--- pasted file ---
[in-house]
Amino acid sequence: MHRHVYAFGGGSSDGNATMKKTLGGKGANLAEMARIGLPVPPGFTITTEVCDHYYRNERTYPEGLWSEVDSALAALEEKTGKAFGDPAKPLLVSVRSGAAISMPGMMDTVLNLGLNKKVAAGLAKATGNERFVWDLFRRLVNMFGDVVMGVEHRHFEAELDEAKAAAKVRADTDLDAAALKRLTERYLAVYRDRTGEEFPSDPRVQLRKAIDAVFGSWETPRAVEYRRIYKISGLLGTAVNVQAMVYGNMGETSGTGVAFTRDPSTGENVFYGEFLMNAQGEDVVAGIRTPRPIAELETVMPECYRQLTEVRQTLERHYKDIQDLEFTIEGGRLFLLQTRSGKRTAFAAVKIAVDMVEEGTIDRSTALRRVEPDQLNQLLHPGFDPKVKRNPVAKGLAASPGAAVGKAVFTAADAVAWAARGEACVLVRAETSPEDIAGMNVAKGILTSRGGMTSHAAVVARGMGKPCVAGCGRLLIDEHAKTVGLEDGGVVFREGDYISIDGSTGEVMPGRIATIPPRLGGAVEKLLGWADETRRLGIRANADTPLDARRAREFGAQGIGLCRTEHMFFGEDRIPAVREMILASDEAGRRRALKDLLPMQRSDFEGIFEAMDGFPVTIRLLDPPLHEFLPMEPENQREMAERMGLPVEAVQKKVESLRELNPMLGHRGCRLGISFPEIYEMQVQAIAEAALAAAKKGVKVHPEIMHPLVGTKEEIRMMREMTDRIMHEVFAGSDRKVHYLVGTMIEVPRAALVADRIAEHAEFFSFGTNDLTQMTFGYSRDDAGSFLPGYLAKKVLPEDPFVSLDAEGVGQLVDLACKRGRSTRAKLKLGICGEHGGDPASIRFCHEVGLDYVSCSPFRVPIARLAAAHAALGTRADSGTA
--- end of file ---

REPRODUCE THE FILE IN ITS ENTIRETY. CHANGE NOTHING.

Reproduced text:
[in-house]
Amino acid sequence: MHRHVYAFGGGSSDGNATMKKTLGGKGANLAEMARIGLPVPPGFTITTEVCDHYYRNERTYPEGLWSEVDSALAALEEKTGKAFGDPAKPLLVSVRSGAAISMPGMMDTVLNLGLNKKVAAGLAKATGNERFVWDLFRRLVNMFGDVVMGVEHRHFEAELDEAKAAAKVRADTDLDAAALKRLTERYLAVYRDRTGEEFPSDPRVQLRKAIDAVFGSWETPRAVEYRRIYKISGLLGTAVNVQAMVYGNMGETSGTGVAFTRDPSTGENVFYGEFLMNAQGEDVVAGIRTPRPIAELETVMPECYRQLTEVRQTLERHYKDIQDLEFTIEGGRLFLLQTRSGKRTAFAAVKIAVDMVEEGTIDRSTALRRVEPDQLNQLLHPGFDPKVKRNPVAKGLAASPGAAVGKAVFTAADAVAWAARGEACVLVRAETSPEDIAGMNVAKGILTSRGGMTSHAAVVARGMGKPCVAGCGRLLIDEHAKTVGLEDGGVVFREGDYISIDGSTGEVMPGRIATIPPRLGGAVEKLLGWADETRRLGIRANADTPLDARRAREFGAQGIGLCRTEHMFFGEDRIPAVREMILASDEAGRRRALKDLLPMQRSDFEGIFEAMDGFPVTIRLLDPPLHEFLPMEPENQREMAERMGLPVEAVQKKVESLRELNPMLGHRGCRLGISFPEIYEMQVQAIAEAALAAAKKGVKVHPEIMHPLVGTKEEIRMMREMTDRIMHEVFAGSDRKVHYLVGTMIEVPRAALVADRIAEHAEFFSFGTNDLTQMTFGYSRDDAGSFLPGYLAKKVLPEDPFVSLDAEGVGQLVDLACKRGRSTRAKLKLGICGEHGGDPASIRFCHEVGLDYVSCSPFRVPIARLAAAHAALGTRADSGTA